those two men? 
SECRETARY CHRISTOPHER:  Well, I left him in no doubt about my own views 
and the views of the United States that they should be removed from 
office and turned over to the war crimes tribunal.  He indicated that he 
had certain letters, or that certain steps had been taken, to make other 
people acting President.  I told him that just was not enough.  What we 
needed to see was real action, real movement.  By real movement we mean 
the removal of the indicted war criminals from office.  We had a good, 
firm conversation on that subject.  He left here, I think, fully 
understanding my views. 
QUESTION:  Mr. Secretary, at what stage, if the status quo continues, 
and specifically regarding the war criminals Karadzic and Mladic, at 
what stage would the United States seek to re-impose sanctions on Serbia 
and the Bosnian Serbs? 
SECRETARY CHRISTOPHER:  The Dayton Agreement and the following United 
Nations resolution contains a very important provision.  That provision 
is that either the IFOR commander or the high representative Carl Bildt, 
who is here, can make a finding that any of the parties has not been 
complying with the Dayton Agreement.  Once that finding is made, there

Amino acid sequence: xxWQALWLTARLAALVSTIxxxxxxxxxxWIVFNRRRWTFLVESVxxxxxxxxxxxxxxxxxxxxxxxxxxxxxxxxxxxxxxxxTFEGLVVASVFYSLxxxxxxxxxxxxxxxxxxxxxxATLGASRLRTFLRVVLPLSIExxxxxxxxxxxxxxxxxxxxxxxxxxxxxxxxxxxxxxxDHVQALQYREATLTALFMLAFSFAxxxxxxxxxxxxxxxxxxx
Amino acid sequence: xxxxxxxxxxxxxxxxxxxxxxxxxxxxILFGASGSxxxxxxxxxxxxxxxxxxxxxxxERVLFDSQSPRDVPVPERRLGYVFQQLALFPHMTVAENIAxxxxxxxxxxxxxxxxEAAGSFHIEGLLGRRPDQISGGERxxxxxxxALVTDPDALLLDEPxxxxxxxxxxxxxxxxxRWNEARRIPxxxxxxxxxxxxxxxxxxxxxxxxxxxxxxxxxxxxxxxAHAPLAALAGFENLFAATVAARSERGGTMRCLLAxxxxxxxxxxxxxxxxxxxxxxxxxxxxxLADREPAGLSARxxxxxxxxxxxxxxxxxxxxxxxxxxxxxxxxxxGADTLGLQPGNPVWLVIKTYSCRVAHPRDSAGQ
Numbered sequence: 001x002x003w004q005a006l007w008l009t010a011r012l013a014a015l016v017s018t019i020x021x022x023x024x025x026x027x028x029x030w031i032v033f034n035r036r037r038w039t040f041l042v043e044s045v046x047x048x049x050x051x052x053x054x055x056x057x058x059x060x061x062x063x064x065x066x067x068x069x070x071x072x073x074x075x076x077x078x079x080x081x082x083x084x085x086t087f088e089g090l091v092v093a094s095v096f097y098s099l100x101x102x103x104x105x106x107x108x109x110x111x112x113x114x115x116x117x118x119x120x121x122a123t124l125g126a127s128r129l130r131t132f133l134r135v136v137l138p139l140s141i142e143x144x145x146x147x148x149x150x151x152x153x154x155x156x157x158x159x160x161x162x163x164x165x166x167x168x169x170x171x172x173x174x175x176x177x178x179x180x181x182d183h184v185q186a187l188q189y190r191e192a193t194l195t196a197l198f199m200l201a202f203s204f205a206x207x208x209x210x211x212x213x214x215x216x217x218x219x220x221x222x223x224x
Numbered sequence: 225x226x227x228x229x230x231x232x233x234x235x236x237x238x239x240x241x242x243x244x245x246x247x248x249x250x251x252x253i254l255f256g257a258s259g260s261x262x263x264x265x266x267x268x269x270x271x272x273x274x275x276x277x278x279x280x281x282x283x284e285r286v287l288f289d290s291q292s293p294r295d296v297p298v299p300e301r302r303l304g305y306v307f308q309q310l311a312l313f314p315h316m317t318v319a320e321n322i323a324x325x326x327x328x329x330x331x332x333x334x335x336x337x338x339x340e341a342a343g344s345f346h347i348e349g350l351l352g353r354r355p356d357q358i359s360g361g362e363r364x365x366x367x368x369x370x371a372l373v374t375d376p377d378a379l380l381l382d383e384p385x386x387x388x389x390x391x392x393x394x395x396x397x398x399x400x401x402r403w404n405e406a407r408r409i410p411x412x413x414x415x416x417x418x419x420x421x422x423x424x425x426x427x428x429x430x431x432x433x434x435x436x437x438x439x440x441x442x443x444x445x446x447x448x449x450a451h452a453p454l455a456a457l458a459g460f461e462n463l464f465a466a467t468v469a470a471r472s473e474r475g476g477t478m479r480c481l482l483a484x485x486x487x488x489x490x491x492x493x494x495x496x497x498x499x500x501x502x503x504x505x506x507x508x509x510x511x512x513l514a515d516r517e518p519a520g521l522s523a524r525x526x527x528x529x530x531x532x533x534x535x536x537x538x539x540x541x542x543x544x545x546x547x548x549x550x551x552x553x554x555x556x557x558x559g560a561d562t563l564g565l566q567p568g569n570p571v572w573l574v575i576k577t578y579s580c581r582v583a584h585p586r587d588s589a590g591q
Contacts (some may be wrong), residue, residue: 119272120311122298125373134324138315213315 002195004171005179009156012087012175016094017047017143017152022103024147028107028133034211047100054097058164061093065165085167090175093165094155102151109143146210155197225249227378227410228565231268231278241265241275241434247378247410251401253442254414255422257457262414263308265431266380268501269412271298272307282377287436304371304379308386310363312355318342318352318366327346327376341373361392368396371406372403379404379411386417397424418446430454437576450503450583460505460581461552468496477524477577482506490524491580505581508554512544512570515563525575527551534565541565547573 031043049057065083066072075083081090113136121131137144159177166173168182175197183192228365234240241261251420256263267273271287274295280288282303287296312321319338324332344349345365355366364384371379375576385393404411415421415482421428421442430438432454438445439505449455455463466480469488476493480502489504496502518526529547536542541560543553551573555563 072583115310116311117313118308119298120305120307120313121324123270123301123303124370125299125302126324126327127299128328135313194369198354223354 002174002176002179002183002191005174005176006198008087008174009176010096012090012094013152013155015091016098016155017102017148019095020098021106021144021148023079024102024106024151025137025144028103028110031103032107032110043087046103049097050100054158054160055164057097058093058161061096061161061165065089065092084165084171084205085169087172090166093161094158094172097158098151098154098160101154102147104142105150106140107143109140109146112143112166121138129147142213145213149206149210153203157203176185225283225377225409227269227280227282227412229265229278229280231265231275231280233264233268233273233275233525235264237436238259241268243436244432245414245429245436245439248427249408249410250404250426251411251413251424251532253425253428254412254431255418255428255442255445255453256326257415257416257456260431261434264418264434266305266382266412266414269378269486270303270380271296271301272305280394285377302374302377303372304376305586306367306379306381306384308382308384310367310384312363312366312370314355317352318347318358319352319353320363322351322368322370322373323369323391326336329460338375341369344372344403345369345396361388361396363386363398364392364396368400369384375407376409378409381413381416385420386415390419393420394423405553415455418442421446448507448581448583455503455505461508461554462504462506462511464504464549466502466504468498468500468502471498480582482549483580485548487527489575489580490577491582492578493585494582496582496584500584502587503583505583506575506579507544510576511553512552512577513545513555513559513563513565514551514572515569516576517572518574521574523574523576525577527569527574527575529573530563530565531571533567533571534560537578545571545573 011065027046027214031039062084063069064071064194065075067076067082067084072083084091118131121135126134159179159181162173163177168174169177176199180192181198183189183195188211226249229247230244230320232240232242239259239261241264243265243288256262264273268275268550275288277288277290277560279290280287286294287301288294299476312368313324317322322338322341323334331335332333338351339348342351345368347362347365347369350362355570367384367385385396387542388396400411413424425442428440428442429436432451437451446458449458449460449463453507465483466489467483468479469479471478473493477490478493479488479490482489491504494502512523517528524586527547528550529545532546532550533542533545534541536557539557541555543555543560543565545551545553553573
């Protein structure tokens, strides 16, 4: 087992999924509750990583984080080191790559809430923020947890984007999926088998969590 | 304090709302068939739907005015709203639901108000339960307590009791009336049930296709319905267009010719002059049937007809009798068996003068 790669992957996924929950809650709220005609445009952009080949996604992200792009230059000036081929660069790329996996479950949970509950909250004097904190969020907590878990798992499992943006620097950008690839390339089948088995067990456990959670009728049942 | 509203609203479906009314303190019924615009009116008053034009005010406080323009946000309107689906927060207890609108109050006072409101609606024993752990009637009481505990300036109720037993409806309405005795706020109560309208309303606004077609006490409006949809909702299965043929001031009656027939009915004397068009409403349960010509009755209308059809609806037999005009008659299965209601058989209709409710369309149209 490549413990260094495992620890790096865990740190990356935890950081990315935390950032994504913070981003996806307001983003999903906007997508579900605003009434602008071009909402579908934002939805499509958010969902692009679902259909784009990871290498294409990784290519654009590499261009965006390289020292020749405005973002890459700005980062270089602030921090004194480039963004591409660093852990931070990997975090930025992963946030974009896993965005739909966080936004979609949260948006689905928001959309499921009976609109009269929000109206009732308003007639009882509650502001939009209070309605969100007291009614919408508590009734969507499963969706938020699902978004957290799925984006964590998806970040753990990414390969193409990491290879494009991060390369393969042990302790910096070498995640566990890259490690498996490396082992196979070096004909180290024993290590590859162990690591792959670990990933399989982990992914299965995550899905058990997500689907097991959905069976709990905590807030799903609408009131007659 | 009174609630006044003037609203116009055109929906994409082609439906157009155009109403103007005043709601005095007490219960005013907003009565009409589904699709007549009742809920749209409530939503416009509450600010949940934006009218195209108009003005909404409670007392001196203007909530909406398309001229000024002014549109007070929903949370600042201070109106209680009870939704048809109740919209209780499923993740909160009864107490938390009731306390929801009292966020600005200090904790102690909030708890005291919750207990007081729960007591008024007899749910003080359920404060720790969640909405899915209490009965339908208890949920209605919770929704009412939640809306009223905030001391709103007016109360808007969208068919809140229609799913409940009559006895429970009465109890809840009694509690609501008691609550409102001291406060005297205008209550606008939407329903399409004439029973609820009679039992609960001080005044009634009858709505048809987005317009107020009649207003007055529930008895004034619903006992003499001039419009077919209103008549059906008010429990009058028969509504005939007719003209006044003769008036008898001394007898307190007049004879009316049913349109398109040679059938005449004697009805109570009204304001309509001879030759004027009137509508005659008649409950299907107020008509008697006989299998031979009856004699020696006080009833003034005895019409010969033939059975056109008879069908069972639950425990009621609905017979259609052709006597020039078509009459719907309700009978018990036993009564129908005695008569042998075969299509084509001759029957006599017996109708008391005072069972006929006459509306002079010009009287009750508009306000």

is a virtual, automatic re-imposition of sanctions, without any further 
action by the United Nations Security Council.  It's simply passed up 
the chain of command, and that takes place.  That is a very important 
resource or tool that we have.  That was pointed out today.  I am not in 
the business of establishing deadlines but, as I said in my statement, I 
think there is a growing impatience on the part of the international 
community with the situation that exists, and I think a growing 
understanding of the inconsistency between the presence of indicted war 
criminals and proceeding to open and fair elections. 
QUESTION:  Mr. Secretary, I understood you to say that at this midterm 
meeting in Florence there would be a certain date announced for these 
elections.  Does that mean that the OSCE will, on that date, certify 
that conditions are ready for those elections?  Or will the 
certification come later -- and if it does comes later, is there a date 
certain for that certification to come? 
SECRETARY CHRISTOPHER:  Steve, I do not think I referred to the Florence 
meeting, but let me answer the question this way.  The presidents -- 
that is, the three parties, the Balkan presidents -- indicated today 
that the elections should take place no later than the outside date 
provided for in the Dayton Agreement.  That is, no later than September 
14.  They also emphasized the importance of that decision being made at